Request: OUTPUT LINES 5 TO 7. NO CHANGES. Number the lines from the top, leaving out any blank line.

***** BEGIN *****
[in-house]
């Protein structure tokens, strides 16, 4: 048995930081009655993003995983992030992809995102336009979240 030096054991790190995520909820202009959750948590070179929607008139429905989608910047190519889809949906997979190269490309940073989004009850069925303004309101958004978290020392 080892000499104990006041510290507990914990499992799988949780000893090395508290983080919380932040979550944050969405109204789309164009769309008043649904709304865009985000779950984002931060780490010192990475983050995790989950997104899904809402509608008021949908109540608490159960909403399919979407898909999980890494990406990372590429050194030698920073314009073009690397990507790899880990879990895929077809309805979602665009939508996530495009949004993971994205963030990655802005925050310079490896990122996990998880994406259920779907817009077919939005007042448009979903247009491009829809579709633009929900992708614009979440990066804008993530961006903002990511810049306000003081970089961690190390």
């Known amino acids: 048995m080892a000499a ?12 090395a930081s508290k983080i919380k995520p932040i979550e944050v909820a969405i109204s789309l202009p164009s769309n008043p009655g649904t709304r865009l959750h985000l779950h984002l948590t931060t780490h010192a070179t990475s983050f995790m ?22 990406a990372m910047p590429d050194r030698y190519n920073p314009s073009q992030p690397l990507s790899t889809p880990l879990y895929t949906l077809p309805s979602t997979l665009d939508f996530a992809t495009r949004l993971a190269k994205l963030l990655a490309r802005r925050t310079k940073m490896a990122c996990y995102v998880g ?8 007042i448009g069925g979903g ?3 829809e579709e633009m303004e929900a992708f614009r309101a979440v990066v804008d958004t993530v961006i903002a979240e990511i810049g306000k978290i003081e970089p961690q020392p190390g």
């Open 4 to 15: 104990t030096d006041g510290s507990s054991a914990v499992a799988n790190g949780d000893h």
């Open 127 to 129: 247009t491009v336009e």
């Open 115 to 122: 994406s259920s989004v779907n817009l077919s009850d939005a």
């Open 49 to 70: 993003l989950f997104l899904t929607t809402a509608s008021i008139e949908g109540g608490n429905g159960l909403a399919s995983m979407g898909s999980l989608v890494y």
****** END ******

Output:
């Open 127 to 129: 247009t491009v336009e």
């Open 115 to 122: 994406s259920s989004v779907n817009l077919s009850d939005a």
């Open 49 to 70: 993003l989950f997104l899904t929607t809402a509608s008021i008139e949908g109540g608490n429905g159960l909403a399919s995983m979407g898909s999980l989608v890494y």